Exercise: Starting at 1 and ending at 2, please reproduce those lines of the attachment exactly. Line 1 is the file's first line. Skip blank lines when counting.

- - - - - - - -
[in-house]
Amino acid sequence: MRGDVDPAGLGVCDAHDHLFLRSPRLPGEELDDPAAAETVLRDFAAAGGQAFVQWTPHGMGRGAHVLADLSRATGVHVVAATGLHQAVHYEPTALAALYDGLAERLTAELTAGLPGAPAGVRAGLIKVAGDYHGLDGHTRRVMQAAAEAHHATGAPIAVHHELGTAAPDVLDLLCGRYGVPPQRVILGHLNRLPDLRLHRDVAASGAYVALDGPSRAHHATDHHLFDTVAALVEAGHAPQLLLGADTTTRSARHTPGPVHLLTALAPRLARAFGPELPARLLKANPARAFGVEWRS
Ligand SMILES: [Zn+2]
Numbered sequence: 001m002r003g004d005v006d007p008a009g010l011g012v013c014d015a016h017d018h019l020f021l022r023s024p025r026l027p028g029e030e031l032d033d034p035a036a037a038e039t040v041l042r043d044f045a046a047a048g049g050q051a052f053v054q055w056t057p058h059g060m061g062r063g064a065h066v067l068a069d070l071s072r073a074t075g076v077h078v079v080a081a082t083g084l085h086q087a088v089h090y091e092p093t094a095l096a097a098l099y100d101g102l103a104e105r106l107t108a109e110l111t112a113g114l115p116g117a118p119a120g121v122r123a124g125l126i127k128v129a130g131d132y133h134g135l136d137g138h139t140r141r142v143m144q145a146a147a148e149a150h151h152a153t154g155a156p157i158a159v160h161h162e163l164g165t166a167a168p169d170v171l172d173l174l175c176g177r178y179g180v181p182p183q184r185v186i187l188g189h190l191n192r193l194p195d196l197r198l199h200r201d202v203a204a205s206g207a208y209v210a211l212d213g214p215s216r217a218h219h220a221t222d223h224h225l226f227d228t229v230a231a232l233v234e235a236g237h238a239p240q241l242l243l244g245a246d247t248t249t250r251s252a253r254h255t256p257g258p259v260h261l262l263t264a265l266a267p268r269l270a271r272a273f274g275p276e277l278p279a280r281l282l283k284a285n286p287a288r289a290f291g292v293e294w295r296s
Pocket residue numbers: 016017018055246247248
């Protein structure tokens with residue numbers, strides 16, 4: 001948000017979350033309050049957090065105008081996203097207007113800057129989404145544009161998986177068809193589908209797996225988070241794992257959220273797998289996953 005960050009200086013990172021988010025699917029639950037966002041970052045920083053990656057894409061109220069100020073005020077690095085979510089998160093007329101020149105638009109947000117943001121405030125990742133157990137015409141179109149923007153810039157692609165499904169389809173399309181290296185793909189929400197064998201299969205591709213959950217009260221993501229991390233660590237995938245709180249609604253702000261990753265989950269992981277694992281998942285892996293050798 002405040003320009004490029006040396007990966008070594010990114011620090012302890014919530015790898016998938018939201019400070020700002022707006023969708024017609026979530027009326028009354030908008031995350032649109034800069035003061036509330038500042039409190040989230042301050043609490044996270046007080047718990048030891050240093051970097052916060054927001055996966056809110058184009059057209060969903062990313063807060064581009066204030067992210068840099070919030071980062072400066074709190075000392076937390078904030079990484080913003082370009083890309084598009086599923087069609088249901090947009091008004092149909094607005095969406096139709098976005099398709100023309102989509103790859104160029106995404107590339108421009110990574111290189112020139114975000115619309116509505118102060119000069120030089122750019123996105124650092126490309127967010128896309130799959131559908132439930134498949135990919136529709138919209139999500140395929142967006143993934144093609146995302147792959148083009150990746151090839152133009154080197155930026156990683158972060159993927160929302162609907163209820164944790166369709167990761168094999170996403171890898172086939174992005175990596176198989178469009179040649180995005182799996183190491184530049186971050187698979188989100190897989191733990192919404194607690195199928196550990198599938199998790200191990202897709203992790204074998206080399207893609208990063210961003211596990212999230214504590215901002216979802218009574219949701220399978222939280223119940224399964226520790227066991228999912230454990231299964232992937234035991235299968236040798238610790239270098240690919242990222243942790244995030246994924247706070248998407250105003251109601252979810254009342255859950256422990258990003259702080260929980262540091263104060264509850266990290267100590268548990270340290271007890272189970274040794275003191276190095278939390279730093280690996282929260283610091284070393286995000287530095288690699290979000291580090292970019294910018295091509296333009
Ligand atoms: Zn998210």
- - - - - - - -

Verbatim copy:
[in-house]
Amino acid sequence: MRGDVDPAGLGVCDAHDHLFLRSPRLPGEELDDPAAAETVLRDFAAAGGQAFVQWTPHGMGRGAHVLADLSRATGVHVVAATGLHQAVHYEPTALAALYDGLAERLTAELTAGLPGAPAGVRAGLIKVAGDYHGLDGHTRRVMQAAAEAHHATGAPIAVHHELGTAAPDVLDLLCGRYGVPPQRVILGHLNRLPDLRLHRDVAASGAYVALDGPSRAHHATDHHLFDTVAALVEAGHAPQLLLGADTTTRSARHTPGPVHLLTALAPRLARAFGPELPARLLKANPARAFGVEWRS